The Mistake

I knocked on the door; waiting, hoping for someone to answer. The address was right and so was the time, but this rickety old building didn’t fit. I shivered, but not from the cold. Something about that place gave me the chills. I should have suspected it then. I should have turned around and gone home. But I didn’t.

10 o clock they had said, so there I was. I huffed out a breath after knocking once again and began to turn around to go home – to safety. Then there was the creak. The sudden noise in the still, silent darkness made me jump. I gave a nervous laugh towards the empty street and turned cautiously once again, seeing the open doorway to what I would later refer to as hell.

I was young back then; young and so so naïve. I didn’t want to believe that they had tricked me. I didn’t stop to think; to question; to prepare. I just walked forwards, a willing accomplice to my doom.

It took a moment for my eyes to adjust to the gloom, to the empty darkness. Standing in that room I almost forgot about the existence of light. I blinked, then opened my eyes quickly, like I was ripping off a plaster. However, what I saw caused them to slam shut again. With them closed I was cut off from the world, from my fear, my complete and utter terror. It was because of this that I didn’t see the door shut with a loud bang until it was too late.

I didn’t turn around at the noise. I’d seen horror movies, I knew what it meant. I was trapped. But trapped where? And right at that moment, with so many things to scare me, that was the most terrifying thing of all. I didn’t know where I was. No one did.

You are probably wondering why I went to that rickety old building, aren’t you? I had an invitation. I was invited. As the new girl I was ecstatic about being chosen to go to a party; especially during my first week of school. I didn’t think that it was a prank. Why would I? I was young and naïve.

I knew I was trapped; I thought I knew I was alone; I knew that in front of me on the walls was blood; I knew that just standing there wasn’t helping – I knew all of tht. But it was as if I was frozen in time. The only movement in the room was the silent fall of tears running down my face.

It took me a while to pull myself together and even longer to open my  eyes. I didn’t know how much time had passed. Minutes; hours; days. Time meant nothing. The present was all there was.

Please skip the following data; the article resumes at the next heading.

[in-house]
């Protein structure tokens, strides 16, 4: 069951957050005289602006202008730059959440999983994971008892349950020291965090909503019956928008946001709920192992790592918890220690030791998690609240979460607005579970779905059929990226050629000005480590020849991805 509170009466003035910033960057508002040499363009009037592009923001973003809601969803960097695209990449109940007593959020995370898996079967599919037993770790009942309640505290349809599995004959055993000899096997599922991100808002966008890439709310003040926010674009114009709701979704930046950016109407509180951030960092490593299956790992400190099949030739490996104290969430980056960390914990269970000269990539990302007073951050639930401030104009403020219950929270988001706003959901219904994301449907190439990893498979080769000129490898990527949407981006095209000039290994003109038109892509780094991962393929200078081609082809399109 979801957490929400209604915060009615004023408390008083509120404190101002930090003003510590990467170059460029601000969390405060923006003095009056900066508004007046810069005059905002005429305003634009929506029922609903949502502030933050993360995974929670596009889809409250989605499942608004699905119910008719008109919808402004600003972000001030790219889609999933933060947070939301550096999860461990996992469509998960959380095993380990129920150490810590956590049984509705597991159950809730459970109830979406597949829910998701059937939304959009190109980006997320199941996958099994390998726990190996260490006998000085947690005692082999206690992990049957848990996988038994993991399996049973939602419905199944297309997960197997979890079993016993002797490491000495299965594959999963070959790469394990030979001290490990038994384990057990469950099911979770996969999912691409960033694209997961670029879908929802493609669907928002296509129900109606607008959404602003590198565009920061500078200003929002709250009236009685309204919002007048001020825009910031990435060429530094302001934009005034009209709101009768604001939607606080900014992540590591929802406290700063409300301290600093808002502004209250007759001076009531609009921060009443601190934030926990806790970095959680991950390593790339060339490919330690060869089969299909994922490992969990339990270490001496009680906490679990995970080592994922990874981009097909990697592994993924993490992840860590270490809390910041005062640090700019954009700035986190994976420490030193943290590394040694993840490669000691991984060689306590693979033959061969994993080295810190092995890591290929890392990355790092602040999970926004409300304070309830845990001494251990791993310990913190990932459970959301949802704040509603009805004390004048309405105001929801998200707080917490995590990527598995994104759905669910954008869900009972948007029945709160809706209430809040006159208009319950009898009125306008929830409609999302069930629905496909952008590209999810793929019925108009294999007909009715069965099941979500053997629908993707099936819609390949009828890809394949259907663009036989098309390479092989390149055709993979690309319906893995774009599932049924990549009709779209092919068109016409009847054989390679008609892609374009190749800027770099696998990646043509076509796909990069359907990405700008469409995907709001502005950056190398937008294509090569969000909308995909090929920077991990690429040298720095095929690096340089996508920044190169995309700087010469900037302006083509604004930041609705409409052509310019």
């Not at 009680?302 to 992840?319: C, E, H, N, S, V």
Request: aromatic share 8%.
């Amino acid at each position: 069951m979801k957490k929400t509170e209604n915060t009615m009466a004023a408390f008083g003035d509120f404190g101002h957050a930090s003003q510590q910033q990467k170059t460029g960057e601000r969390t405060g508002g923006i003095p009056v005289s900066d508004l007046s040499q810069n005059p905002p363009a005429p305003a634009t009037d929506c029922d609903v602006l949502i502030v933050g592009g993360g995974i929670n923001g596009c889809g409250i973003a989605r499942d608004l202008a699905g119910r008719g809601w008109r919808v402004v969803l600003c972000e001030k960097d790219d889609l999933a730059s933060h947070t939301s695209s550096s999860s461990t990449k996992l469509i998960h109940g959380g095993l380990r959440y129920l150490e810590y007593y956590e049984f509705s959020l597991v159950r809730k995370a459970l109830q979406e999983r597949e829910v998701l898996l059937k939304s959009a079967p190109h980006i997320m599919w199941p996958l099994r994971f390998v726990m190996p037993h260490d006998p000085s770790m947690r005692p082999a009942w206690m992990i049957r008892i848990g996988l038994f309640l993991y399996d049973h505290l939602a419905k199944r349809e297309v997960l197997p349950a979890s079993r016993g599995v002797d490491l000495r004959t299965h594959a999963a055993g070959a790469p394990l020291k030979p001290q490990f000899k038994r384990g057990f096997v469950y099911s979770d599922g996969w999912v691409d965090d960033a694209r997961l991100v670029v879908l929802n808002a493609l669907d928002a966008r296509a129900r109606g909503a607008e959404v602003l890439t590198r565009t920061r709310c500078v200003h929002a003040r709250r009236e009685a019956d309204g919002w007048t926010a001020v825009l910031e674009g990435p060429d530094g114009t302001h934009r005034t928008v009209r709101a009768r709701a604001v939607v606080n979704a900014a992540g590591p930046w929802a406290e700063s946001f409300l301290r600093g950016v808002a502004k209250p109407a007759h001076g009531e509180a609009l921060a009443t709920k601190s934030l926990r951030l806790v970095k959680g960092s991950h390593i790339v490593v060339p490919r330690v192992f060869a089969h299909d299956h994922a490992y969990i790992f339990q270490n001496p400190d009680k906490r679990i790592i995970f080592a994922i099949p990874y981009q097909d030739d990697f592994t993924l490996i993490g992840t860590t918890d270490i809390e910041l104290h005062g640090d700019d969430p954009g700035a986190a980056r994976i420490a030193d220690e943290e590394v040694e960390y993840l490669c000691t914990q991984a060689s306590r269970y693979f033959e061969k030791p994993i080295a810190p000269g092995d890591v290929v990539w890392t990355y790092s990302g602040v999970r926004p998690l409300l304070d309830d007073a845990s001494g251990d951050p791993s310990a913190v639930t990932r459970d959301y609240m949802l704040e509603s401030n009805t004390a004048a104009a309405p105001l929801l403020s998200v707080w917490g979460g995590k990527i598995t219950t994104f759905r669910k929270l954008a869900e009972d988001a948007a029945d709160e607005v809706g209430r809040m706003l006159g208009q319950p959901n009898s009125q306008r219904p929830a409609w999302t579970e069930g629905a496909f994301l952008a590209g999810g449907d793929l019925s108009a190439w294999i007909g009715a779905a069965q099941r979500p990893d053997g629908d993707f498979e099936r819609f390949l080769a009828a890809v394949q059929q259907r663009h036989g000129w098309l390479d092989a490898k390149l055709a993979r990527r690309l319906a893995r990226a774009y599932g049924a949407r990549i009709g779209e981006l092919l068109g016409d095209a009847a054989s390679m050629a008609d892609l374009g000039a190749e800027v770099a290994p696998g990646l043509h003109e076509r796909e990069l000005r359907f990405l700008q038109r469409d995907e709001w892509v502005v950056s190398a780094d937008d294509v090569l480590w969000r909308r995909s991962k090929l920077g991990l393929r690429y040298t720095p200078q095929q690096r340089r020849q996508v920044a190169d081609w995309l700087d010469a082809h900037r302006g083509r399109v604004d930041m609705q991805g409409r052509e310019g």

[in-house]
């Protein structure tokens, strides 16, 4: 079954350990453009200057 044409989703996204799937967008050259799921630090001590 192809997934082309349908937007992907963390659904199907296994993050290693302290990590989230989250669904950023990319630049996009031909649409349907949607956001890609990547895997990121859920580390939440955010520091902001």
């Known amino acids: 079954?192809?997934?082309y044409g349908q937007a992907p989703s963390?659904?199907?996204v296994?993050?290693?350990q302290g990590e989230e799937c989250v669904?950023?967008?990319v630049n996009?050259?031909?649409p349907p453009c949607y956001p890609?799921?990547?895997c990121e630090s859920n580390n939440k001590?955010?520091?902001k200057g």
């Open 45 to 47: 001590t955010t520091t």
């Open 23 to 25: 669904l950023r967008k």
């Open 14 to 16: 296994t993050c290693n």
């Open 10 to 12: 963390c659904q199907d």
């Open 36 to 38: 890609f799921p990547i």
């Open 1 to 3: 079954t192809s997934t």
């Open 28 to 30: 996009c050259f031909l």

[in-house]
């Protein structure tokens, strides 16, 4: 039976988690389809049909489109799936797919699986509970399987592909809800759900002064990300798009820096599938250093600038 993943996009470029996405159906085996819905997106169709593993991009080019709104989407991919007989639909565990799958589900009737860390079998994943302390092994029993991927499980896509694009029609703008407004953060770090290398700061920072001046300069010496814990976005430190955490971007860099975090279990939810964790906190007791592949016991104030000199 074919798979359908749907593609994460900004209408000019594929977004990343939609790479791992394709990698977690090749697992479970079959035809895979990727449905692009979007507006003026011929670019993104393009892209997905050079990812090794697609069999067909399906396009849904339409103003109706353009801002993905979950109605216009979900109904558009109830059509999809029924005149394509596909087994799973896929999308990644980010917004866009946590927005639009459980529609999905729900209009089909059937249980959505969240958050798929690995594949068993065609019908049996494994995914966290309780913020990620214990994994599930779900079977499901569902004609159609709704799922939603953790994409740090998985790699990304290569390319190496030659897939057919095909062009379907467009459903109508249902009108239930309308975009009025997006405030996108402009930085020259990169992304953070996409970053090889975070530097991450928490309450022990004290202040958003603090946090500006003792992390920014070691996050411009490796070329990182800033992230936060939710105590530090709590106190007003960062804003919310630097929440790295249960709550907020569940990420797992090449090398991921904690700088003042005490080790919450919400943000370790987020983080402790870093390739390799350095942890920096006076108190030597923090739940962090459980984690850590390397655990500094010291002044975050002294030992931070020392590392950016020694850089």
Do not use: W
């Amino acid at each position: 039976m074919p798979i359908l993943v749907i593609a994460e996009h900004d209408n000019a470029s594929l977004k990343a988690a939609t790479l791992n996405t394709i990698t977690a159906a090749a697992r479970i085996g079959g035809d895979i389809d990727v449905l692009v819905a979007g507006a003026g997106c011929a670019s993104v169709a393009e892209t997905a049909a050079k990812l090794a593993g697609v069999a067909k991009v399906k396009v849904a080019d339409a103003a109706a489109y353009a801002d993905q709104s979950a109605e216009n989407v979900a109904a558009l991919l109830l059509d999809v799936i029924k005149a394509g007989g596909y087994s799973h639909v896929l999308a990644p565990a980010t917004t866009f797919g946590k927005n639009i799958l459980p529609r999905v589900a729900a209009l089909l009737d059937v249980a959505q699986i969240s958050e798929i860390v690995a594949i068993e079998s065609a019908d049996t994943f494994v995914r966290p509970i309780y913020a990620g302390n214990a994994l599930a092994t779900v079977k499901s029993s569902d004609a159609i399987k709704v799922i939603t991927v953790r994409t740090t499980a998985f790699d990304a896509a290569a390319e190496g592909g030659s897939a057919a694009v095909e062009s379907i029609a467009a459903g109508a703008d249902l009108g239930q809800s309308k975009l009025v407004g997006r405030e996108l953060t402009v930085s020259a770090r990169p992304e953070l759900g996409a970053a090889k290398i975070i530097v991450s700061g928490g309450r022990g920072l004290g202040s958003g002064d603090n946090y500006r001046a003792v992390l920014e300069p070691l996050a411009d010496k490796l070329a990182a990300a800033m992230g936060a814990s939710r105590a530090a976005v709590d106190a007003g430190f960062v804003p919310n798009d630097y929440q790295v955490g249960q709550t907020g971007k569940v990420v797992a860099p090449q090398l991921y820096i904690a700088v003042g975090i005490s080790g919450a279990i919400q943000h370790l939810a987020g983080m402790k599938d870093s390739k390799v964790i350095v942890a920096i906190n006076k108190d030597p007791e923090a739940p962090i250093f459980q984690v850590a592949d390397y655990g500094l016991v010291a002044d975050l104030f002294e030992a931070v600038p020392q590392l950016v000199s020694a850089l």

Finally looking around me I searched for doors, windows, any type of exit. I tried not to look at the blood, but my eyes were drawn to it. The more I looked the more I could see. It looked like there was writing of some kind on the wall – in blood. I moved closer and froze ins shock upon deciphering the scribbled words: ‘Hello Amelia’.

I think I must of fainted, for when I next opened my eyes I was in a different room, on the floor, my hands tied behind my back. It took me only seconds to realise that I was still alone. At this point it dawned on me; it wasn’t an accident. Someone had set me up, but with what intent? To die?

With some difficulty and many uncomfortable twists and turns I managed to manoeuvre myself into a sitting position. It was then that I saw the writing on the wall in blood, again. I managed to crack a joke to myself inside me head ‘where did he get all that blood?’ but then I remembered my circumstances and it didn’t seem all that funny anymore.

The blood ordered me to open the door, ‘open the door little girl’ to be precise, and I thought ‘what the hell, things couldn’t get much worse could they?’ So I stood up, somehow managed to open the door, stepped into another room, and screamed! The first scream I had let out since I had let out since entering the building. Because it was at that moment, as I stood in that room, I saw that that I wasn’t alone. I heard sinister laughter behind me before my world went black.

I can see now that they didn’t mean for me to get hurt. The people at school I mean; the people who invited me. They only wanted to scare me. I don’t blame them, how could I? My own stupidity played the most major part in it all. That blood I saw smeared on the walls in the first room; it was merely red paint, meant to frighten me. And I will readily agree that they succeeded. I was terrified. But you see the one thing they didn’t foresee, could never have predicted, was that I wouldn’t be the only one to turn up that night; that I wouldn’t be alone in that rickety old building. That was the only flaw to their plan, their only mistake. A mistake which cost me my life.

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